Friday, 2 September 2011

Deep Dark Web in Mainstream Media Nightmare Shock!

On Thursday night I watched a scary Channel 4 news report about the 'Dark Web', whatever that is. It sounded like something new and scary, which would probably creep into my bedroom to rape and murder me and all my loved ones in the dead of night. According to the report, the Dark Web operates beyond the purview of governments and law enforcement agencies; a kind of anarchic, 'Mad Max' world where you can find anything from drug deals to human trafficking and child pornography. Much was made of the fact that the Dark Web is not indexed by search engines. In addition, the denizens of the Dark Web and the website owners are untraceable due to the use of proxy servers in the Tor network, which exists to provide web users with anonymity.

Photo by soulrider.222

Sounds pretty shady, but is the Dark Web really a danger to civil society, as the news report and some politicians would have us believe? First, does it matter that there is a portion of the web not indexed by search engines? Well, no. It turns out that most of the internet is not on any search engines, simply because its content is not in html or maybe it's just not well connected to other sites. This has always been the case. So the Dark Web is just a tiny corner of what's called the 'Deep Web', which simply refers to the unindexed part of the internet. Most people have accessed the Deep Web, whether they know it or not, since it contains government and academic databases, documents, private web pages and forums. Much of it is owned by government agencies, corporations, the military and security services:

This video gives you an interesting tour of the Deep Web.

No one is very sure how big the Deep Web is, but most observers agree that it is by far the biggest part of the internet: much bigger than the bit you can search through Google and so on. The Dark Web appears to be that tiny portion of the Deep Web that isn't currently owned by official agencies but has been set up by various groups which the media or authorities consider to be subversive, criminal or ne'er-do-wells, such as hackers, political activists and genuine criminals (apart from rogue bankers and CIA agents). As a friend of mine put it, the Dark Web is just the internet equivalent of the back streets of Camden after dark, but probably a lot safer. After all, no one has actually died or been physically raped on the internet - except in online games - unless you count frape.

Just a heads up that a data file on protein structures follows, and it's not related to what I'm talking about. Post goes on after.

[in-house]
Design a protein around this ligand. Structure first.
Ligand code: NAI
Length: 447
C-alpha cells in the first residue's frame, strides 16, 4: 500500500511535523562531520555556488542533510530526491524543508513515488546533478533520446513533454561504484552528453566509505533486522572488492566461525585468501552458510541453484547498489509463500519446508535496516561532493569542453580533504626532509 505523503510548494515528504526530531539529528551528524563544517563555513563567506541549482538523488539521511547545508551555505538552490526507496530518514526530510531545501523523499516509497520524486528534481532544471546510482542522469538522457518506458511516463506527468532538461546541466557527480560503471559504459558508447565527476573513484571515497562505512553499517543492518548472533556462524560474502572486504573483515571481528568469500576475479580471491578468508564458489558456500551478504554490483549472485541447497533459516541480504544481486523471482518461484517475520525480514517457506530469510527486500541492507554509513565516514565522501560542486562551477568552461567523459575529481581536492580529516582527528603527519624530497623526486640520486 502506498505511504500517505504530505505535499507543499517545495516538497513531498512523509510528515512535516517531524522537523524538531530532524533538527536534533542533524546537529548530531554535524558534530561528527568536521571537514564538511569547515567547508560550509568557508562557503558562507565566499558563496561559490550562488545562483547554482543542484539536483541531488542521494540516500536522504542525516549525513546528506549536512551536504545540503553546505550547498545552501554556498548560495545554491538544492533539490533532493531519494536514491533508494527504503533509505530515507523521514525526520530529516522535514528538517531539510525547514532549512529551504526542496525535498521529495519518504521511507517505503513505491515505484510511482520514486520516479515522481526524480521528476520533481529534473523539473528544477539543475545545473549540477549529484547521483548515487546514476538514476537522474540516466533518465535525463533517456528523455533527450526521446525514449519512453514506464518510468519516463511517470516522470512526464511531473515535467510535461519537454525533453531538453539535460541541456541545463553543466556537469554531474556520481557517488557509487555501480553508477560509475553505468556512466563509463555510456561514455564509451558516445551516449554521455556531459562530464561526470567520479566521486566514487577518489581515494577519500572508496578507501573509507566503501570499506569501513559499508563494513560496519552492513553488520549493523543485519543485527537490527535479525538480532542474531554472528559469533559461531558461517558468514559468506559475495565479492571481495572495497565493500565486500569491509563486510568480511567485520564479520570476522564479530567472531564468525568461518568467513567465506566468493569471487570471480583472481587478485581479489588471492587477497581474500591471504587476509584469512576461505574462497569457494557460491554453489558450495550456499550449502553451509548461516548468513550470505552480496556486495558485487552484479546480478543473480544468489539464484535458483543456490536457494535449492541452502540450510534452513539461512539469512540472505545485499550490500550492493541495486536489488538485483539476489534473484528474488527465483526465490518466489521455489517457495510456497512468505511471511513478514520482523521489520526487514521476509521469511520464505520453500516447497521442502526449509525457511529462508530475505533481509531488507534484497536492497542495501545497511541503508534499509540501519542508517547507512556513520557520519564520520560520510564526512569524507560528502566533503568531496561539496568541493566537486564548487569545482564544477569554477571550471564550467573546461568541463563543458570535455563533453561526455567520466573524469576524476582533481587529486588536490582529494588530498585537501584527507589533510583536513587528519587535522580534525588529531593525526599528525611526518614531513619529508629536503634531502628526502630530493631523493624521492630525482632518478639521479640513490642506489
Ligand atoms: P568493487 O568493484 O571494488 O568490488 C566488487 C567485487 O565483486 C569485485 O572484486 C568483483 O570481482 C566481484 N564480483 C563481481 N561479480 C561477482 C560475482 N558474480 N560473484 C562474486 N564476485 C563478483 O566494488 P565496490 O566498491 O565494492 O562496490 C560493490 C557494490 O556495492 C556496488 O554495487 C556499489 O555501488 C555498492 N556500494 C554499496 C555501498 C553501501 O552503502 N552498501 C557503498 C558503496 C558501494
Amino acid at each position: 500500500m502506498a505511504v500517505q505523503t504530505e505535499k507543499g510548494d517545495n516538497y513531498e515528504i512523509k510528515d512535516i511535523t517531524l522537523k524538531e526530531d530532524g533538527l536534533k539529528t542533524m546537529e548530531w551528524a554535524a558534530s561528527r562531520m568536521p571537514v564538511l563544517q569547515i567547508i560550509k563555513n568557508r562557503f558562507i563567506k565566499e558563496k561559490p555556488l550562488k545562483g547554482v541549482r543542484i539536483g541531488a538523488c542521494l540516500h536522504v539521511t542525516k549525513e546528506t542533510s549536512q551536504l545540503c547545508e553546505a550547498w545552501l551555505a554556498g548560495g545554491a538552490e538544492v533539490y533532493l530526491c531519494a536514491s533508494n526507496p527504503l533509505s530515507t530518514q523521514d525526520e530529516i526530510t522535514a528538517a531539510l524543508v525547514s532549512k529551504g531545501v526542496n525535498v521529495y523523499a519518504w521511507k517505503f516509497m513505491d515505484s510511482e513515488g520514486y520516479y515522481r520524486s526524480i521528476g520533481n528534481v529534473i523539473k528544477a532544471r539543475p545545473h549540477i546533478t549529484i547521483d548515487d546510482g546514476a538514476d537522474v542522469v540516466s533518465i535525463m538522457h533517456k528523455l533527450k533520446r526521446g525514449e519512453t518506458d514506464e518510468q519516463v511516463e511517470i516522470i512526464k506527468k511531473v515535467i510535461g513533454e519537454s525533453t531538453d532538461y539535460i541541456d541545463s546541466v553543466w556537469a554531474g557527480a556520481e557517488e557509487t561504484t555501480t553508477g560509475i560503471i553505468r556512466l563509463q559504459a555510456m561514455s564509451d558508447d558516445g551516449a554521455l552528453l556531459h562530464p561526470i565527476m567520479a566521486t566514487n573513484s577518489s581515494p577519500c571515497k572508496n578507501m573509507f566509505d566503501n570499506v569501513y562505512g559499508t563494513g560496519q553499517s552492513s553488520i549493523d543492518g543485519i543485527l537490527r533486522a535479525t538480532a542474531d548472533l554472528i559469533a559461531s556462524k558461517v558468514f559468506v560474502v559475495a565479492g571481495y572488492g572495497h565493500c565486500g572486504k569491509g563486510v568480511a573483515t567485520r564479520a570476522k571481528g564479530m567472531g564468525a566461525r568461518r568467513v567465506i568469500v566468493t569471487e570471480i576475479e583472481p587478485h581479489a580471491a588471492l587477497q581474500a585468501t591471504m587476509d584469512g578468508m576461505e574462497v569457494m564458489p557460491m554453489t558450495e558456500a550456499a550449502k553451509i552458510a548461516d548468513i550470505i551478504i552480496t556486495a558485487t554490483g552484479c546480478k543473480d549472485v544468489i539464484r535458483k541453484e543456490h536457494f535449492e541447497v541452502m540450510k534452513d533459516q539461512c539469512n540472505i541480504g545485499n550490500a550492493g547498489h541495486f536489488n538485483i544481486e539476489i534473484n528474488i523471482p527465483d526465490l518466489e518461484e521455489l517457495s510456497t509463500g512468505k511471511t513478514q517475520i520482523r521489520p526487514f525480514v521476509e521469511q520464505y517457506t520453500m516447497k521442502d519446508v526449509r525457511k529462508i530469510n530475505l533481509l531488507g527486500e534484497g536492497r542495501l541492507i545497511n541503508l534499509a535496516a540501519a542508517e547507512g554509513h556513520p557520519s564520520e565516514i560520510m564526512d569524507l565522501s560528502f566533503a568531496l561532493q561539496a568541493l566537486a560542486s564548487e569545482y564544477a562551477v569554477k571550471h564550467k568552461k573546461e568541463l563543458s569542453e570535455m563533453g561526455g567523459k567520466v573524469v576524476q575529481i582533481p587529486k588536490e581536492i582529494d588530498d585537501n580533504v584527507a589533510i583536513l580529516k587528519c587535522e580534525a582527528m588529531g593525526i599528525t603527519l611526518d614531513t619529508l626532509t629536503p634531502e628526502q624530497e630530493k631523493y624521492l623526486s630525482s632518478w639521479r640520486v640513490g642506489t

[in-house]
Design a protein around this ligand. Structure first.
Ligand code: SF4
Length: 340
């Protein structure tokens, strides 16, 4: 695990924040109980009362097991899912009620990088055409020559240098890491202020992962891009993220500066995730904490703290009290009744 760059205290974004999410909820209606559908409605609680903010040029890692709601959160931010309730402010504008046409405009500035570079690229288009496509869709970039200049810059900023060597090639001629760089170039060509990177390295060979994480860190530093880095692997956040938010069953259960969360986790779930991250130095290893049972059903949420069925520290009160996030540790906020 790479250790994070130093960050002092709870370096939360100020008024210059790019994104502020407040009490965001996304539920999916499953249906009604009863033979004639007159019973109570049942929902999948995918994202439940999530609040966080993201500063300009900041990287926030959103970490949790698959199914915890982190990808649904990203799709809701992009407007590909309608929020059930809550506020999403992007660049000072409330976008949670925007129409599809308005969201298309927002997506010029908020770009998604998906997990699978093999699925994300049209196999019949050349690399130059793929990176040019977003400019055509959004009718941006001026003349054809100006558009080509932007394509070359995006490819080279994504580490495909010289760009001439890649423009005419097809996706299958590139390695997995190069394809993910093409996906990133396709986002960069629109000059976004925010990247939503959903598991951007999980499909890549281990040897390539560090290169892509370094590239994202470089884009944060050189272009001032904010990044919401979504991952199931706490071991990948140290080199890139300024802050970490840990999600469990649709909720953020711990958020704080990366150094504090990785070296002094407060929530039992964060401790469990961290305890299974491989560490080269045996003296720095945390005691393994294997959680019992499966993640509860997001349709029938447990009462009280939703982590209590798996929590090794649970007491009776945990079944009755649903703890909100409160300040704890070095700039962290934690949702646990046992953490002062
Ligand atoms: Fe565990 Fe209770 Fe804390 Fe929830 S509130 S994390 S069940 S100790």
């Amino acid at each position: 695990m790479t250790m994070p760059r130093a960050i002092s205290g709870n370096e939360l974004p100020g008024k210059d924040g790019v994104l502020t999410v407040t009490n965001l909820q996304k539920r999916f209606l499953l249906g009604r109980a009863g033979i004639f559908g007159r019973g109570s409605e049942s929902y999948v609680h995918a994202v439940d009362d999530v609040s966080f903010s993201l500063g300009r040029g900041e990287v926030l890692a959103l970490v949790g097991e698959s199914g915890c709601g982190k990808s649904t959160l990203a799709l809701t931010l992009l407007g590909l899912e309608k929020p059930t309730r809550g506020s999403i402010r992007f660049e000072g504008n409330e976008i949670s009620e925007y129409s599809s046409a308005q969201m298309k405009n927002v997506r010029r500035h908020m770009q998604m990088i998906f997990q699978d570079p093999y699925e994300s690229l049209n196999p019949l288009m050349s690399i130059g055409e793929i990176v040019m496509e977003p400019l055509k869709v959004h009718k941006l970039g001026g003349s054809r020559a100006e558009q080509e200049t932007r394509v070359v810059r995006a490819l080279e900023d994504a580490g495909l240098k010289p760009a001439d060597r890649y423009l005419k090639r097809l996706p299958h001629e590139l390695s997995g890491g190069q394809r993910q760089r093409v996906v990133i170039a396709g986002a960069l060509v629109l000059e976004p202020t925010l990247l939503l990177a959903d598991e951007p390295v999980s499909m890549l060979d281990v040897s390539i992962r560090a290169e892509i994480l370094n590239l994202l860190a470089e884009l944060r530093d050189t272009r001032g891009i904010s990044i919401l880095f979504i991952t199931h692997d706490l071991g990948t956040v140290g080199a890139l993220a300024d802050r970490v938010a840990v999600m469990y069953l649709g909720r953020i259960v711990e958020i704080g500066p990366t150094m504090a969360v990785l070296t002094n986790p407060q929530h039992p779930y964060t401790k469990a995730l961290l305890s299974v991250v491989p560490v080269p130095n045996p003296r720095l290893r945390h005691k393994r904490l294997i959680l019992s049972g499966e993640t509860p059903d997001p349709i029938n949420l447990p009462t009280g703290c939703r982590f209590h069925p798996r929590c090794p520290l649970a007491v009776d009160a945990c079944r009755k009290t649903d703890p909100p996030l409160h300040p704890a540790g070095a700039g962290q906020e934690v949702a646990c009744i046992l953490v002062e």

Cool, so there's an E-Bay for cocaine! Let's buy some! Oh, hang on. How do you know you're not buying it from the police? You don't. If you're anonymous, then so are they. At some point, a real-world transaction has to take place. You have to give them an address. You'd have to be pretty naive to give your home address to some totally faceless entity on the 'Dark Web', so you'd better have a false one in order to take delivery and you'd better make sure that isn't under surveillance. Frankly, I wouldn't bother.

In fact, if I were a law enforcement agency or intelligence service, I'd be all over the Dark Web like an outbreak of herpes in a brothel. I'd be setting up trojan web pages and false fronts all over the shop to entice the unwary. That's because I'm a devious little bastard - and so are they.

The Channel 4 report also mentioned bitcoins, as if they were some kind of criminal device which needs to be banned, because transactions on the Dark Web are usually made using this internet currency. Bitcoins are mostly used for perfectly legitimate transactions. Being anonymous, they are basically the internet version of cash. In the real world, cash is also anonymous and actually less traceable than bitcoins, but no one suggests we need to ban cash, although most shady deals seem to involve suitcases full of the stuff.

So, this report seems to fit into that category of news reports which seek to undermine public trust in the internet generally and feed a desire for greater regulation and control. The timing is interesting, since both Dark Web and Deep Web are as old as the internet itself, but there has been a great deal of publicity about hackers from Anonymous and Lulzsec recently, as well as much hand-wringing by legislators eager to exert more control over the internet.

However, I do know of another kind of dark web that exists in the real world, which is used exclusively by the powerful and wealthy, beyond the purview of state regulation, in a domain of near total secrecy. It is used to facilitate tax evasion and avoidance, human trafficking, drug running, arms deals, fraud and all manner of criminal activity. Colonel Gaddafi used it to rape his country and stash the proceeds in secret trust funds which may never be uncovered. Other tyrants use it to do exactly the same and our own Chancellor, George Osborne uses it too. In fact, most wealthy people use it to keep their financial affairs secret and avoid paying tax. It is the web of offshore tax havens, many of which are strongly connected to and largely controlled from the City of London. The UK itself has some of the most secretive trust laws in the whole world, making it a magnet for Russian oligarchs and petty dictators from all over the place.

This is why a more precise term for a tax haven is a 'secrecy jurisdiction'. They rely on secrecy and that is what makes them perfect for shady dealing. Most importantly, unlike the Dark Web, law enforcement and tax authorities have almost no access to this network. You see, anonymity is considered a good thing, if you happen to be really wealthy or one of the world's political elite. Openness, like tax, is for the little people.

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